The Bible is the infallible Word of God.  The Bible will never fail you.  In my own life, when I have faithfully lived according to the truth of the Bible, my life has gone well.  When I have listened to the world’s music or my own, my dance has turned into a limp.

Your word is a lamp to my feet and a light to my path. (3)

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  1. Luther, Martin; Galvin, James C. (2009-05-19). Faith Alone: A Daily Devotional (p. 180). Zondervan. Kindle Edition.
  2. 1 Corinthians 13:12.
  3. The Holy Bible: English Standard Version (Wheaton: Standard Bible Society, 2001), Psalm 119:105.

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The way you handle your sin 

is as important as the sin itself. (1)

A friend came to me recently to let me know how I had hurt them awhile ago.  Since my offense, our relationship had been broken for them, while I thought all was well.

While I had not intended to hurt them, I had.  This is a common everyday event in all relationships.

When a friend points out our sin to us we have the choice of responding in one of two ways.  We can take offense and defend ourselves or we can humble ourselves and graciously apologize.

Our natural tendency is to defend ourselves, especially when we did not mean to offend.  By doing so, we communicate that our friend, who has come to us in love and with wounds, is wrong, unreasonable, and overly-sensitive.

A defensive response not only exasperates the brokenness within the relationship, but causes the the relationship to quickly descend into a downward spiral.

Why do we do this?  I’ll place my money on pride.  I hate being wrong.  I loathe being told I was wrong.  However, I must confess that my friend did me a great favor.

By listening, I learned that I need to be watch my behavior in a specific situation which causes me stress and frustration as a pastor.  While I did not intend to sin, the manner in which I handled myself was offensive.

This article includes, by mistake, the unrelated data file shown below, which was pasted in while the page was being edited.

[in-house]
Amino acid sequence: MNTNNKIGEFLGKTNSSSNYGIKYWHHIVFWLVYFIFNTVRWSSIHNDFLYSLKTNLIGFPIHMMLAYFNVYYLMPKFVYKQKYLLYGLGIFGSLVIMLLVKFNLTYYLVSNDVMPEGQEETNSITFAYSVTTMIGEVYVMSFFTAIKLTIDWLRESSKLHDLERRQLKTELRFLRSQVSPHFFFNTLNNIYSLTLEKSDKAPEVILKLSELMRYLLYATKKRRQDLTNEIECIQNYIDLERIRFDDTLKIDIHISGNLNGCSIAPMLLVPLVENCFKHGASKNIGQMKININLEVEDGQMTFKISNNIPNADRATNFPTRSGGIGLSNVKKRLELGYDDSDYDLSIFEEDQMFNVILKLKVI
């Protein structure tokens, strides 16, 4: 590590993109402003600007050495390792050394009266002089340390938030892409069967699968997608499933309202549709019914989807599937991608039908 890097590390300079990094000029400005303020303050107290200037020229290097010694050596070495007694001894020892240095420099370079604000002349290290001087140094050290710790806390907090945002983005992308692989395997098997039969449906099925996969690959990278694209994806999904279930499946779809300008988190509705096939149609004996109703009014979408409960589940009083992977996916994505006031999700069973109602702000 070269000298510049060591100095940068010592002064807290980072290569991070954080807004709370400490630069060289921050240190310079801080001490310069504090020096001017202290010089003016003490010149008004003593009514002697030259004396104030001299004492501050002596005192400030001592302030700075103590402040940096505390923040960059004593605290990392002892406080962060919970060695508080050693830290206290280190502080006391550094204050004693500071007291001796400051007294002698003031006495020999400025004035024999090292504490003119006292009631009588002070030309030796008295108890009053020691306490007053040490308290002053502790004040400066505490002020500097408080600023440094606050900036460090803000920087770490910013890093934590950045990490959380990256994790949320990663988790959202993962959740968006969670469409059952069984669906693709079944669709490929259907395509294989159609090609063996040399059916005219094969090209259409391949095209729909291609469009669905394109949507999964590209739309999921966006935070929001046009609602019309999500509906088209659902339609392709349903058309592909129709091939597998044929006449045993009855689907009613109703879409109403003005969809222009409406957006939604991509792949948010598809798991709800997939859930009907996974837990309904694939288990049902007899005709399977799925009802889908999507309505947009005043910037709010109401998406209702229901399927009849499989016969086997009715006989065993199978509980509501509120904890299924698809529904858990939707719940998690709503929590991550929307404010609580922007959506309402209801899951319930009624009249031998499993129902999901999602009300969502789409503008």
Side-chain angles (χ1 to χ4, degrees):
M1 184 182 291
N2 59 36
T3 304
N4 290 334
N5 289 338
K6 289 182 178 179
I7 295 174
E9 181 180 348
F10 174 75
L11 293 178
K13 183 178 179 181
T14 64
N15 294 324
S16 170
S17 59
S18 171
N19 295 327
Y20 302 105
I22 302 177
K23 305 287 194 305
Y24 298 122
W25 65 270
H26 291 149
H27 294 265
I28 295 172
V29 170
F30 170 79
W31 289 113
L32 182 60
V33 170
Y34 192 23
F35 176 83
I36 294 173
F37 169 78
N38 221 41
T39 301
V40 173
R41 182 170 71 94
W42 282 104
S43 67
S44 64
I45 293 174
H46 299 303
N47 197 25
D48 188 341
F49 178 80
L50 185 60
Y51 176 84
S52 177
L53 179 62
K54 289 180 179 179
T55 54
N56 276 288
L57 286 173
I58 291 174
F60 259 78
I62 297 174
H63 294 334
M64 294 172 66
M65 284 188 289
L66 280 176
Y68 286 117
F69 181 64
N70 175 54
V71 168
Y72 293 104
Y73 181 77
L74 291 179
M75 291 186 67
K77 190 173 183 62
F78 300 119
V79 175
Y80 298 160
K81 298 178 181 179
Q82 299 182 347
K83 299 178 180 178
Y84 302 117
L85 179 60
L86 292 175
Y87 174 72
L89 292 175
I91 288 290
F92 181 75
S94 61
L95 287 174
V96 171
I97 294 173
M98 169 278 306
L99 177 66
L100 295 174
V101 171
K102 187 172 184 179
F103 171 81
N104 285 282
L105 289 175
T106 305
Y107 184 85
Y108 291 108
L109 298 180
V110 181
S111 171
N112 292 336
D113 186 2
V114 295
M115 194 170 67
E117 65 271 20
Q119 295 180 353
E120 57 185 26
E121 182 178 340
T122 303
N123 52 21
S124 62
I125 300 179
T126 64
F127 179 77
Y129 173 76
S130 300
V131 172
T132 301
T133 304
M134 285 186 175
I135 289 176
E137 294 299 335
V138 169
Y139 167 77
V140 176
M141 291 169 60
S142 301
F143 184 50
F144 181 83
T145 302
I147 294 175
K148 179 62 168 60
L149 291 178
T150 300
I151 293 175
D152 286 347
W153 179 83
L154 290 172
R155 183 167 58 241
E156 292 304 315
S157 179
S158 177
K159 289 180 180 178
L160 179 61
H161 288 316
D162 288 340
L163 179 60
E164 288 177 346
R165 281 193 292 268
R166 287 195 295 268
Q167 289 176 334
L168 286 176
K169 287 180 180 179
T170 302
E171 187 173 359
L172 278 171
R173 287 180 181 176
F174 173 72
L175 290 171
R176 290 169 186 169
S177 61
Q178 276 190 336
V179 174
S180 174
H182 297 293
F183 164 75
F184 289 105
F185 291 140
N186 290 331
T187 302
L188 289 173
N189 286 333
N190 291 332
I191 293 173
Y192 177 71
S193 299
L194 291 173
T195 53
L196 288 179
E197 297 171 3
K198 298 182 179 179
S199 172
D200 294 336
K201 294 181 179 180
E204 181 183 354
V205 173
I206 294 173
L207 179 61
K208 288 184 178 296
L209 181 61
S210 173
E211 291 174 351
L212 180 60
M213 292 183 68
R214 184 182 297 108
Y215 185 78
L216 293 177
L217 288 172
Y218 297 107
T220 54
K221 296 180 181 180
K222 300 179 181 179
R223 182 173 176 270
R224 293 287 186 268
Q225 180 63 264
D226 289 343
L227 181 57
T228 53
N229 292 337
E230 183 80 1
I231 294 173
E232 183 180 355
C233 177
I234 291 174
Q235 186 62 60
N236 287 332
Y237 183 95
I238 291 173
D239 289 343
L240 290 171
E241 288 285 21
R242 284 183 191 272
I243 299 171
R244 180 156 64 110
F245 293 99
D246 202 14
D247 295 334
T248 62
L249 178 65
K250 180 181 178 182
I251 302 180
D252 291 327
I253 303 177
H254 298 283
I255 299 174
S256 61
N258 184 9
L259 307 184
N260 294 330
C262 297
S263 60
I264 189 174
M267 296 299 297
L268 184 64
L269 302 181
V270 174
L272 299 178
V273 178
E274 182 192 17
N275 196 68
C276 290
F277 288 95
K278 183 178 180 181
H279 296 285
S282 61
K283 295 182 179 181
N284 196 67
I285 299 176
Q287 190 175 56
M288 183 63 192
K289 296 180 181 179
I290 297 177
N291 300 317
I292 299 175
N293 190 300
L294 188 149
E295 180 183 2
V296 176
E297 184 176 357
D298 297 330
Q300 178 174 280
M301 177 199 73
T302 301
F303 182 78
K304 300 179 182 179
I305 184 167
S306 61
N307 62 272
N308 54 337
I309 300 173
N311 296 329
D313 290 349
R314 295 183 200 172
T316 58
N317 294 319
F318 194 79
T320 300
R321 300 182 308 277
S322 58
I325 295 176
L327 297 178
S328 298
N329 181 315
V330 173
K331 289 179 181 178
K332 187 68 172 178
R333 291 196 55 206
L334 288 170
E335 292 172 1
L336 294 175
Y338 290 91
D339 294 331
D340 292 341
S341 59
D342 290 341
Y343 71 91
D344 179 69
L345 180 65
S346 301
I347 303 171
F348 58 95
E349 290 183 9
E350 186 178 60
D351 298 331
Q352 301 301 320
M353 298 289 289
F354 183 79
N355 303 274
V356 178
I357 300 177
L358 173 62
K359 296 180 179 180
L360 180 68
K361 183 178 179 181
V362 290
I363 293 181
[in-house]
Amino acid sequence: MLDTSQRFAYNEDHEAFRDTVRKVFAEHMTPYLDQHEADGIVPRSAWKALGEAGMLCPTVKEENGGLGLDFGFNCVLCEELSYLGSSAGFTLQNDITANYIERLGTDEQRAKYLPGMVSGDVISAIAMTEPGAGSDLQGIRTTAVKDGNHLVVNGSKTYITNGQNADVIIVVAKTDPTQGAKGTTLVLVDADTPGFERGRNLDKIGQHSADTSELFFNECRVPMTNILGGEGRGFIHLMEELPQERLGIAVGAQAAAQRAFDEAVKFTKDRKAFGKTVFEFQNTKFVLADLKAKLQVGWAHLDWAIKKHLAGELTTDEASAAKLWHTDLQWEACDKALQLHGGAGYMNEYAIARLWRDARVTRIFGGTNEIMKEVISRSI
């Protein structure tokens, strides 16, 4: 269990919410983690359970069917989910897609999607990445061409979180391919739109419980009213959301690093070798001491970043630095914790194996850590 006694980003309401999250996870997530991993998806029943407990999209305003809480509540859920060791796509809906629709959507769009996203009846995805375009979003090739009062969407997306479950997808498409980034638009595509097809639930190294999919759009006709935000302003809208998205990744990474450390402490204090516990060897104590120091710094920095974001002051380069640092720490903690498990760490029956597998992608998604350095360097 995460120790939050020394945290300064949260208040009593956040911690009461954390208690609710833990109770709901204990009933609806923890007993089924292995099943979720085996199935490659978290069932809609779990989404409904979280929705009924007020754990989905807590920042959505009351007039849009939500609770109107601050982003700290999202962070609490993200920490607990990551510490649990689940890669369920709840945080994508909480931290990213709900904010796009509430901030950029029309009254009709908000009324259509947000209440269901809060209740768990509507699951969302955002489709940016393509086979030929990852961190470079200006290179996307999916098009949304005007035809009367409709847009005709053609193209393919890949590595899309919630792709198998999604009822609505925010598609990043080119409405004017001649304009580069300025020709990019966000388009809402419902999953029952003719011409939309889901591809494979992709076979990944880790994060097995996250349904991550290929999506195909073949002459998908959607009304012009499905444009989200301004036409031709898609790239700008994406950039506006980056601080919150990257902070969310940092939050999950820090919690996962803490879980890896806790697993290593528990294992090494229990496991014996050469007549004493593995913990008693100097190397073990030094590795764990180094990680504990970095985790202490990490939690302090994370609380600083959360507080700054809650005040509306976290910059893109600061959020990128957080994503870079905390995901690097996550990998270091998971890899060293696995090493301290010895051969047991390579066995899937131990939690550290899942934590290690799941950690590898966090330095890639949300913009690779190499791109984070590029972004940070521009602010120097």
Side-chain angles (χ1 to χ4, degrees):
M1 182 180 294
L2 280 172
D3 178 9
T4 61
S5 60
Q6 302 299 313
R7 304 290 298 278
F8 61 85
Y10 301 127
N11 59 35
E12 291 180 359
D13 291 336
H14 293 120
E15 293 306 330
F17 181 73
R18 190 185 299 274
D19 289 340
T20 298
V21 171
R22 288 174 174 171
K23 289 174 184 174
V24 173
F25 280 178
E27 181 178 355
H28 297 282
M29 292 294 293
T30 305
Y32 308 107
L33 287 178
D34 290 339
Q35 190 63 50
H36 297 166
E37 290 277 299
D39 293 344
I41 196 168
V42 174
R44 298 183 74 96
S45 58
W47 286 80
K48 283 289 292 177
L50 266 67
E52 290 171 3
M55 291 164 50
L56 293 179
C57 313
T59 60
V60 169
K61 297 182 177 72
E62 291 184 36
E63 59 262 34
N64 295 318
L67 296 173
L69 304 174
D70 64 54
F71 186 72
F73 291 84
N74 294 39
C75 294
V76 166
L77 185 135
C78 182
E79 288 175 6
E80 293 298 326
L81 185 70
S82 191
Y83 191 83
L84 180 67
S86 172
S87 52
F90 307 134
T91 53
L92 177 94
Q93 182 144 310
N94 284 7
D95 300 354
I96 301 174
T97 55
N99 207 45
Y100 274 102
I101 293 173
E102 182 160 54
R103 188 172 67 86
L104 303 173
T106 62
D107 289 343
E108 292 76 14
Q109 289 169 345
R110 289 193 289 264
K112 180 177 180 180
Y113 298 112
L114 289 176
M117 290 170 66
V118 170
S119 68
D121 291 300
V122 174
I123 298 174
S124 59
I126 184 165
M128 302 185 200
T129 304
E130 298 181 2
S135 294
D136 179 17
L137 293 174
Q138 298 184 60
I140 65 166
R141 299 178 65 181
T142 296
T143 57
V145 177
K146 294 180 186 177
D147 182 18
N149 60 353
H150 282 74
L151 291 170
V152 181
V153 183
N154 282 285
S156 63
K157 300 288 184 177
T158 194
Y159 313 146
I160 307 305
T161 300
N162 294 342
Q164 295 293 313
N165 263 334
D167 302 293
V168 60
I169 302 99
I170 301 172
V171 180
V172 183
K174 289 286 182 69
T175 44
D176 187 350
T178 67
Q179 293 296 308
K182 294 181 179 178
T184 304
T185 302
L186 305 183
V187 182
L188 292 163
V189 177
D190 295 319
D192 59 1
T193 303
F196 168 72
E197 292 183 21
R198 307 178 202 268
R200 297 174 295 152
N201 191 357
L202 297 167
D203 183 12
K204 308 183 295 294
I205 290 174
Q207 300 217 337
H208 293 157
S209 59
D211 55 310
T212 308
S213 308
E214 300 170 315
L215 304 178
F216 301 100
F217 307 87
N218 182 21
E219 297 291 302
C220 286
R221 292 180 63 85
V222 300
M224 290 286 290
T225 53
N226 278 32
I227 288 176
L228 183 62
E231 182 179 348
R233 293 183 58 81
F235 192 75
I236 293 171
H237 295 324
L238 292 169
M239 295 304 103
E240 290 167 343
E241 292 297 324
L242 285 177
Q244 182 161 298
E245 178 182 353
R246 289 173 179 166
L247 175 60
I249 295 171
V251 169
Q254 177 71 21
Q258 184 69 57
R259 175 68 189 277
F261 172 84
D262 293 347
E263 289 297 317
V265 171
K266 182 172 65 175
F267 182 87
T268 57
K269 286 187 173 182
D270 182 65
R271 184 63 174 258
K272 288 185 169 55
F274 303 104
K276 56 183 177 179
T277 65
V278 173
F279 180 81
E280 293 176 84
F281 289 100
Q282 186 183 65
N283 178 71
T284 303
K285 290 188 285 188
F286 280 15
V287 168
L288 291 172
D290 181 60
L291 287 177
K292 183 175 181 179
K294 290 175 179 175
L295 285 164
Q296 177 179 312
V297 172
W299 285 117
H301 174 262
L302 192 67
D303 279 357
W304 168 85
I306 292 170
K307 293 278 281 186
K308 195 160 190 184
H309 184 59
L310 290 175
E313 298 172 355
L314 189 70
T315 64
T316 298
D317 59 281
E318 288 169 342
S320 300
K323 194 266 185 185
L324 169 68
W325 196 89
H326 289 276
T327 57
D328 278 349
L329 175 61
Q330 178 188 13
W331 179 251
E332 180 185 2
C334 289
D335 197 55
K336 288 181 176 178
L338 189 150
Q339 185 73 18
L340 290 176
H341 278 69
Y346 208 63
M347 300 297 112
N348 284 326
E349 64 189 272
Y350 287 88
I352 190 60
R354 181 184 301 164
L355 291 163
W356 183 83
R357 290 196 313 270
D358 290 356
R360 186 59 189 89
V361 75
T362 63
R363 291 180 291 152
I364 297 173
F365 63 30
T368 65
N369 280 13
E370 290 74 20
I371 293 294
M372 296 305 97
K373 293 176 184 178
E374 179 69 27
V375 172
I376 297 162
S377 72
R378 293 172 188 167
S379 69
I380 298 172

I am grateful that my friend came to me.  Their compassionate honesty helped to make me a better pastor.

In the end my sin made me a better person.

Paul reminds us,

“We all sin and fall short of the glory of God … the wages of sin is death.” (2)

Sin does not have to lead to a death.

Grace covers the wages of sins.

When sin is handled with a gracious apology, it leads to life.


  1. Blackaby, Richard (2006-12-01). Experiencing God Day By Day (Kindle Location 3115). B&H Publishing Group. Kindle Edition.
  2. Romans 3:23 and 6:23

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Mercy is a gift. It is undeserved. (1)

With common compassion we redefine words and concepts, using them to please the longings of our hearts.  Mercy, along with grace and justice, are three words which we commonly misuse.

Justice is giving people what they deserve.

Mercy is not giving people what they deserve.

Grace is giving people what they do not deserve.

Consider this scenario:

If a young boy steals a pound of hamburger meat and 5 pounds of potatoes from the grocer, justice is served if the boy is fined and required to pay the grocer for the food.

However, if the grocer learns the boy stole the food to feed his penniless family, then mercy is served if the grocer refuses to press charges against the boy.

If the grocer goes a step further and provides the penniless family with $500 of free groceries, then grace has been served.

Justice is always deserved, mercy and grace are always undeserved.  Mercy and grace are gifts, justice is a consequence.

With this being so, how can we say that God is a God of justice, mercy, and grace?

God is just because all sin is justly punished.

God is merciful because He chose not to inflict the punishment upon the sinner, but upon Jesus.

God is gracious because He forgives us and offers us eternal life, even when we sin.

Christians worship a God who serves justice, mercy, and grace this way:

God is ready to forgive, gracious and merciful, slow to anger and abounding in steadfast love.  He does not forsake the sinner.  God shows His love for us in that while we were still sinners, Christ died for our sins.  (2)